Michael Bergeron
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Mass, Mountain & Scorch

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It’s the kind of movie week where you have some excellent choices across the board. Big films like Black Mass and Everest offer real life drama on a grand scale. Even the teen-aimed actioner The Scorch Trials delivers decent explosions and chases.

Everest has to be one of the most tense real life edge-of-your-seat stories ever committed to the big screen. In a wise move Universal will release Everest for one week on IMAX screens only in a few hundred theaters before rolling out big. Movies need more of this roadshow engagement mentality. We will also see slow expansions with the upcoming The Walk (3D IMAX and large format theaters) and The Hateful Eight (70mm screens).

Everest is a real life adventure with high stakes only the bad guy is nature. Everest is based on a tragic expedition in 1996 that claimed several lives. The event was previously documented in the book “Into Thin Air” by Jon Krakauer and the IMAX doc Everest (1998) helmed by David Breashears. Both Breashears and Krakauer are portrayed in the movie, along with an all star cast that includes Jason Clarke, Josh Brolin, John Hawkes, Robin Wright, Michael Kelly, Sam Worthington, Keira Knightley, Emily Watson, and Jake Gyllenhaal.

There are many amazing moments in this film but the thing that blew my mind was how director Baltasar Kormákur merged scenes shot at the actual Everest base camp with studio recreations of the summit of Everest. There’s no way you could shoot a movie like this at that altitude and yet Everest takes you to the highest known point in the world.

The Scorch Trials (the sequel to The Maze Runner) is the kind of film I wish had been made when I was a teenager. One cliffhanger after another unfolds as a group of kids in a dystopian post-apocalyptic future fight to survive against the powers that be. If Scorch Trials sounds derivative of The Hunger Games, remember that Hunger Games itself bears a striking resemblance to the Japanese Battle Royale.

Wouldn’t it be cool if Johnny Depp changed his name to John Depp? After all he is one of the most accomplished actors currently headlining films and at 52 he’s a long way from the dude in 21 Jump Street.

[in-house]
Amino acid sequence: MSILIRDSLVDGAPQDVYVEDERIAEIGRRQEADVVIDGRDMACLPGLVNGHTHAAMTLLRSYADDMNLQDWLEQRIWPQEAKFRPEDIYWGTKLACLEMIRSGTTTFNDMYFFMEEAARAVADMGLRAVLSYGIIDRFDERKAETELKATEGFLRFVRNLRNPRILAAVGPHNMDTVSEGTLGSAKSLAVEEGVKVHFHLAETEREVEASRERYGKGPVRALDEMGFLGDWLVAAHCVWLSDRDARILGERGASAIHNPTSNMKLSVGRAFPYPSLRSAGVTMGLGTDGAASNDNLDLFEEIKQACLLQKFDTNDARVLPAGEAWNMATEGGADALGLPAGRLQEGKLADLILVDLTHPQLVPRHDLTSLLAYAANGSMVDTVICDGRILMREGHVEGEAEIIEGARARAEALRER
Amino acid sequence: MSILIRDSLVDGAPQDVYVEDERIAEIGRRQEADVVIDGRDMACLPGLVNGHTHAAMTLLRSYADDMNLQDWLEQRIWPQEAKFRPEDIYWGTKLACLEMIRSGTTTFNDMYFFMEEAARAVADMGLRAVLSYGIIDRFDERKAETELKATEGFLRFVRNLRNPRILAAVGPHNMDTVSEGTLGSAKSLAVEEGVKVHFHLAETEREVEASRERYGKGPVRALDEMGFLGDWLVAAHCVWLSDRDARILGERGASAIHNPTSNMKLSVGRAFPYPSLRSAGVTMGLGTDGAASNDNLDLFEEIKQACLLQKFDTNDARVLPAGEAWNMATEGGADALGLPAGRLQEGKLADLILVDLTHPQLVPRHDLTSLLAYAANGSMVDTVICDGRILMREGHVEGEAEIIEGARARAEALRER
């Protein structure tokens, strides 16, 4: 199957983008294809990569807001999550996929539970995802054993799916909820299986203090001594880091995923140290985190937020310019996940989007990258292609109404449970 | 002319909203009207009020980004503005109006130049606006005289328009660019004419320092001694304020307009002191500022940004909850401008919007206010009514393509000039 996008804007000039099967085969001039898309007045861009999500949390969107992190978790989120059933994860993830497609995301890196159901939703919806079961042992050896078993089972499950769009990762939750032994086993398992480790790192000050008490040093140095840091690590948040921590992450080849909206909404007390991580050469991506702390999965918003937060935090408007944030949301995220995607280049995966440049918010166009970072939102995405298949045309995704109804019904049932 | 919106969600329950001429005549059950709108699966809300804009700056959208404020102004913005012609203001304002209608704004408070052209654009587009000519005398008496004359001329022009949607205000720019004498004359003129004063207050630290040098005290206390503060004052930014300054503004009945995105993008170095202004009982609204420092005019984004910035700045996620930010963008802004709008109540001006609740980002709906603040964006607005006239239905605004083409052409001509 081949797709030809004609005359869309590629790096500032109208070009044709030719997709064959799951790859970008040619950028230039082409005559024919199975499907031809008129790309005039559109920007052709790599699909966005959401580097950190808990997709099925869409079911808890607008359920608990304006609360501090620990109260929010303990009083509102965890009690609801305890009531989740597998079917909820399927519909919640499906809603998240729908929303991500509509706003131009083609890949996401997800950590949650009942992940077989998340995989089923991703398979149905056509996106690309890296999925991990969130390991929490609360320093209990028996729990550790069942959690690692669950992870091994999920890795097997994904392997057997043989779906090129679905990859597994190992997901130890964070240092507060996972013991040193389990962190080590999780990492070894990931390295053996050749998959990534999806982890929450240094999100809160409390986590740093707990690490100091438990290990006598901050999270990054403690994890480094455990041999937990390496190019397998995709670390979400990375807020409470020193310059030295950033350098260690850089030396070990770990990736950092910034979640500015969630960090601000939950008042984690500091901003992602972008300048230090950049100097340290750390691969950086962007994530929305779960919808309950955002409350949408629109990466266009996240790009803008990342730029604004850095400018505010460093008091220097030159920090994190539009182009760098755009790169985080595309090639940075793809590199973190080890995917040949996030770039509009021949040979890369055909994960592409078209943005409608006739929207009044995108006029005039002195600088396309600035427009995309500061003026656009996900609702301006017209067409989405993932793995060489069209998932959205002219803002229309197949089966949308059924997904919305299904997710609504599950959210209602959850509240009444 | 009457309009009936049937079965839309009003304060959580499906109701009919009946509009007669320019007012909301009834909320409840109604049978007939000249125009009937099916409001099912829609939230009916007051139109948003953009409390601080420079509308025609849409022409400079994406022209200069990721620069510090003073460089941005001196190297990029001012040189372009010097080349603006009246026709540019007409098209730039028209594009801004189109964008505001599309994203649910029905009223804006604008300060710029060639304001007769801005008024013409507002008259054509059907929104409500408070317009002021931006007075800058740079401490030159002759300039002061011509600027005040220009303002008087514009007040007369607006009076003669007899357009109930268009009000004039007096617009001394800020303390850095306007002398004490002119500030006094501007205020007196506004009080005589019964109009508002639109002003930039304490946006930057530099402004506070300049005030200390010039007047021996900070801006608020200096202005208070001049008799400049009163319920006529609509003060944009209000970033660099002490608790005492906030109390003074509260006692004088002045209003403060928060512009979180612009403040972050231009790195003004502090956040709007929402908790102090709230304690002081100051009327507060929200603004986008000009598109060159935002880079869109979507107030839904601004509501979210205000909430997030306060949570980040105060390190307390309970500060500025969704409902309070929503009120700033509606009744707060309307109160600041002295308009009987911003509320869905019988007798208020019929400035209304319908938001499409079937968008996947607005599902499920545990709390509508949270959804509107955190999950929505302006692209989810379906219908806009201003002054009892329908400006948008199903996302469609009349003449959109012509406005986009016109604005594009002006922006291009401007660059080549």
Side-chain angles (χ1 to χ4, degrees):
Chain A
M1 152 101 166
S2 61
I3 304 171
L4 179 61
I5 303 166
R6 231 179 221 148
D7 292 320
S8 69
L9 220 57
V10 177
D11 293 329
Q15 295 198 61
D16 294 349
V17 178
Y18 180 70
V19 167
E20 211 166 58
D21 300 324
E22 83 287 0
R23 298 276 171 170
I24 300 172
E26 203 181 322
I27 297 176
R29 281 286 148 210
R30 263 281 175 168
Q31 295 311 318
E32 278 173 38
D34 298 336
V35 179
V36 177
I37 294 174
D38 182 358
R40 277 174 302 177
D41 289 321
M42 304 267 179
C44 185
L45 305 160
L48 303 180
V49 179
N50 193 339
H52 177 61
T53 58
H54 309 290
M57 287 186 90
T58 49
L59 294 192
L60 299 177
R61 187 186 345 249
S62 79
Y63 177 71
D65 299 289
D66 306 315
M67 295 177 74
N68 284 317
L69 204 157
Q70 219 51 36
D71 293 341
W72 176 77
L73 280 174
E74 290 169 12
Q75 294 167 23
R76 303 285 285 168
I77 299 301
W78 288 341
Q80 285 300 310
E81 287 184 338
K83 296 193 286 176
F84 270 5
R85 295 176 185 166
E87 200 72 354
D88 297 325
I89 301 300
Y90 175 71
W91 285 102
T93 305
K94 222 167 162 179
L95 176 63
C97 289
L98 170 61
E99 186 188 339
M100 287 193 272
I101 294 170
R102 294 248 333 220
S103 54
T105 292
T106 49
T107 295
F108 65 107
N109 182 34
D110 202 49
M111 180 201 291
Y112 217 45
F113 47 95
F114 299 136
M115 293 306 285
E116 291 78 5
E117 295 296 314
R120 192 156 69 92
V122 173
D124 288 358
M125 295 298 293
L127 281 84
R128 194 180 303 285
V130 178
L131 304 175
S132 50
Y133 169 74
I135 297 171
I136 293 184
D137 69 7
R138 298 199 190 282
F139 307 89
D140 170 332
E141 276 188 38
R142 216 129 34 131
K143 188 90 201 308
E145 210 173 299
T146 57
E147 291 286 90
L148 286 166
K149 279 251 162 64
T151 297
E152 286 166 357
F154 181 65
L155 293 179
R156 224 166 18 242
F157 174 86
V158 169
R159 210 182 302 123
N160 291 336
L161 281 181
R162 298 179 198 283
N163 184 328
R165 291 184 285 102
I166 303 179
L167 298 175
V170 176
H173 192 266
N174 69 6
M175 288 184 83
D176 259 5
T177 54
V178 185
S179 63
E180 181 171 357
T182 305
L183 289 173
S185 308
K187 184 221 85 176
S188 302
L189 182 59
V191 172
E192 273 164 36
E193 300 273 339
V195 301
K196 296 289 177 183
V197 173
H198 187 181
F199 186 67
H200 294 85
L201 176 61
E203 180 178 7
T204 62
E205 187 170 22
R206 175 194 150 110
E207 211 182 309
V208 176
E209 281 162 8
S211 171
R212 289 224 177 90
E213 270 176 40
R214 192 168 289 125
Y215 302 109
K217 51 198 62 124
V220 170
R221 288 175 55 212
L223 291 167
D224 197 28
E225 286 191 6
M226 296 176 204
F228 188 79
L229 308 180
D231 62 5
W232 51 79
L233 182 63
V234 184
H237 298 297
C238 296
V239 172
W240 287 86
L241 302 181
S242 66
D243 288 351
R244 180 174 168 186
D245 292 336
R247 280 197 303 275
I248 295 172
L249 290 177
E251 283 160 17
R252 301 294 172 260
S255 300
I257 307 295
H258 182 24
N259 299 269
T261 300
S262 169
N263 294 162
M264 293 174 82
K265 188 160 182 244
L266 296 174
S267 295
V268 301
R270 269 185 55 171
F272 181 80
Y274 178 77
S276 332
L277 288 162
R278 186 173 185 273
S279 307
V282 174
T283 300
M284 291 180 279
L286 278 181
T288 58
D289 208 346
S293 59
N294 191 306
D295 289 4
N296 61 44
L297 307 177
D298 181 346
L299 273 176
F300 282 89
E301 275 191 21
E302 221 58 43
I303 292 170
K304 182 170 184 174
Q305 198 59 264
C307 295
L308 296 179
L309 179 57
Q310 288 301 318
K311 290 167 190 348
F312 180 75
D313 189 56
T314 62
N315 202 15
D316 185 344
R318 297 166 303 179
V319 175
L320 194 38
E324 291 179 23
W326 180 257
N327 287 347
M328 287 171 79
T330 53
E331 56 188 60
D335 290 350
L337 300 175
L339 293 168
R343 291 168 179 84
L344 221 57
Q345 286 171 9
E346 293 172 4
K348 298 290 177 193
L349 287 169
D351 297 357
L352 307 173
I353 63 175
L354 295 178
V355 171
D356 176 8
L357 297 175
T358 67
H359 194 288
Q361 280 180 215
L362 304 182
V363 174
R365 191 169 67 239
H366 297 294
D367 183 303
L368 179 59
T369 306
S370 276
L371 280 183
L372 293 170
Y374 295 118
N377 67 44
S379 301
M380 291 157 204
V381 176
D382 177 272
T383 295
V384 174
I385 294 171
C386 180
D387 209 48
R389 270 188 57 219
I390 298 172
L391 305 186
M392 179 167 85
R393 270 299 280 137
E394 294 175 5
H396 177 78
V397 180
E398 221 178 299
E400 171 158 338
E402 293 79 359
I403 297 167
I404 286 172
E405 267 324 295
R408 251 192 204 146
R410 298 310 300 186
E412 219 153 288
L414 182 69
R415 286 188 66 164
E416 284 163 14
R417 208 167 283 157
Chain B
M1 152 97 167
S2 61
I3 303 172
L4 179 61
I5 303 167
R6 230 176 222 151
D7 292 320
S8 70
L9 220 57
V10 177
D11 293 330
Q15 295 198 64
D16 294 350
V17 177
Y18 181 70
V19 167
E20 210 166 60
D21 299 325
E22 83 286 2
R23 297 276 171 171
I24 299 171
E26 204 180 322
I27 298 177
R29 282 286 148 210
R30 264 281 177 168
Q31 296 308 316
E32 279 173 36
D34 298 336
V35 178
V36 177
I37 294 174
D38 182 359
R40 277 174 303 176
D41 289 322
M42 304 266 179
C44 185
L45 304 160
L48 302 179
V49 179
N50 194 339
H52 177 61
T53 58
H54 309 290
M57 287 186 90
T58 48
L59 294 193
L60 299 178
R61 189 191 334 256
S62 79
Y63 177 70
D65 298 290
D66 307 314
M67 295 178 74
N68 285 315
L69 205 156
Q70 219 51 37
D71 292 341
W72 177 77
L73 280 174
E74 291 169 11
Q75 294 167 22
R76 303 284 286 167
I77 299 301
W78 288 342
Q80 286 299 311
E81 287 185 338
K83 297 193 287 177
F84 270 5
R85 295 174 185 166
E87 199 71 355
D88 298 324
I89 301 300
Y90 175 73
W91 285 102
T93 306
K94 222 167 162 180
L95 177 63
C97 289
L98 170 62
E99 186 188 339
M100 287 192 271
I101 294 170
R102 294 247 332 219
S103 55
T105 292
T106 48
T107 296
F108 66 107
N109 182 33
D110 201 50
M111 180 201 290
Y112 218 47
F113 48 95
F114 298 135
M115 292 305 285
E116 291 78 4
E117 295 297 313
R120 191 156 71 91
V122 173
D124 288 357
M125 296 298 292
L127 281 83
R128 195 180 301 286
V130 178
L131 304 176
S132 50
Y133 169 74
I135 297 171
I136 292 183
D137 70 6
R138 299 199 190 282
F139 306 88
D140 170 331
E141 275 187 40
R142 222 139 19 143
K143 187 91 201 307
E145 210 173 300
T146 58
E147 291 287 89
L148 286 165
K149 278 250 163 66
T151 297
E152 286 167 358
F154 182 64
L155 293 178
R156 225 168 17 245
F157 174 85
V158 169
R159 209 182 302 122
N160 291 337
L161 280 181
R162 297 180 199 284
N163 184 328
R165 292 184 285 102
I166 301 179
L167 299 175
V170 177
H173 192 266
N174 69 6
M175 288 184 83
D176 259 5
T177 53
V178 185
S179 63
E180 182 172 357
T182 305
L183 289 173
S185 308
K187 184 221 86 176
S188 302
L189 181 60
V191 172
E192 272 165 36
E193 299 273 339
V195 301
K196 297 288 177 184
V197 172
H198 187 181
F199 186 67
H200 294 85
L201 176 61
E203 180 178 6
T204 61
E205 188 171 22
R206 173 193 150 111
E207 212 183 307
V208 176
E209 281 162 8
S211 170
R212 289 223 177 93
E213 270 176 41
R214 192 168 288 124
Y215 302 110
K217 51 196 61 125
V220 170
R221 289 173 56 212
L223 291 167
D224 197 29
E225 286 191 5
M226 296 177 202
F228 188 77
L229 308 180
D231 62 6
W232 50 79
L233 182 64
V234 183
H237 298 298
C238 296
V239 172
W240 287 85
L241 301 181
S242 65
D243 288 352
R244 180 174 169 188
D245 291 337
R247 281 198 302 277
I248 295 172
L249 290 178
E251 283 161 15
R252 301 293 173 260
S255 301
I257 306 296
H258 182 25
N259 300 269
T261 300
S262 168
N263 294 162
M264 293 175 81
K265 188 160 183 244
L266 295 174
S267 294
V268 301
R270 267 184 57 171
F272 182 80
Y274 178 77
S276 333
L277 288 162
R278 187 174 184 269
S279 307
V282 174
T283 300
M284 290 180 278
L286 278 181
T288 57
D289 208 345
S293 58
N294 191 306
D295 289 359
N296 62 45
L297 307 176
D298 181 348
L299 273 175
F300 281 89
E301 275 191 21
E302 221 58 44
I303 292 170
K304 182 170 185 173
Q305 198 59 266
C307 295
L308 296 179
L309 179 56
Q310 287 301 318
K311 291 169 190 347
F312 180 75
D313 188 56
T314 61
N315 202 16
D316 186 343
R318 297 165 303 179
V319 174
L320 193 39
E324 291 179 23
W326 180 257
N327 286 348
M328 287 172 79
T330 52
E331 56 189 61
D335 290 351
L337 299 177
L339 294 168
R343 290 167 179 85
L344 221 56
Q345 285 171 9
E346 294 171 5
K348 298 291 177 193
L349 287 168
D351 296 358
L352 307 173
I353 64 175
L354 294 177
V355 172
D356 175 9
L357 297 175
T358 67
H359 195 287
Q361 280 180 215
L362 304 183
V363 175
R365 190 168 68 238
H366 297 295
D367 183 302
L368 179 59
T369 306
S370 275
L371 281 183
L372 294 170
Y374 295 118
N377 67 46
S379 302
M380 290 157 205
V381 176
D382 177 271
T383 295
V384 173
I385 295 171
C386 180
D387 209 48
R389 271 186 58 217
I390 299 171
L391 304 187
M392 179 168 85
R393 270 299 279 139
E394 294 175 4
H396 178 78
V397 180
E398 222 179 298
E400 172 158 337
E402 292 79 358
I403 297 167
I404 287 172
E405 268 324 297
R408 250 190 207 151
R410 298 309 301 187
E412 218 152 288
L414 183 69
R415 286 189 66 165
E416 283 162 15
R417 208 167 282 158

The movie Black Mass, starring Depp as James Whitey Bulger, hits the bullet points of the career of one of the most notorious criminals in recent history. The character was fictionalized by Jack Nicholson and Martin Scorsese in The Departed, as well as last year’s crime documentary Whitey: United States of America vs. James J. Bulger. In Black Mass the names have not been changed to protect the guilty.

Bulger maintained his stance as the crime lord of Southie, the nickname of a section of Boston, by acting as an informant for the FBI. This allowed him to get rid of competition as well as avoid arrest for a couple of decades. When the warrants were finally issued for his arrest he eluded authorities for another 16 years.

One thing that Black Mass expands on was Whitey’s relation to his brother (Benedict Cumberbatch) who was the President of the Massachusetts Senate for 18 years. What a contrast – one brother dealing drugs and running extortion rings and brutally killing anyone who crossed him and the other sibling wearing suits and signing laws into fruition.

There’s also the portrayal of corrupt federal agents vividly portrayed by Joel Edgerton and David Harbour. Kevin Bacon, Dakota Johnson, Cory Stall, Julianne Nicholson, Rory Cochrane and Peter Sarsgaard are among the supporting cast.

Black Mass spaces out the movie’s savage murders with well-paced drama beats and psychological portraits of those involved. Depp, at first unrecognizable under make-up and slicked back hair, has a stare that freezes the viewer to their soul.

— Michael Bergeron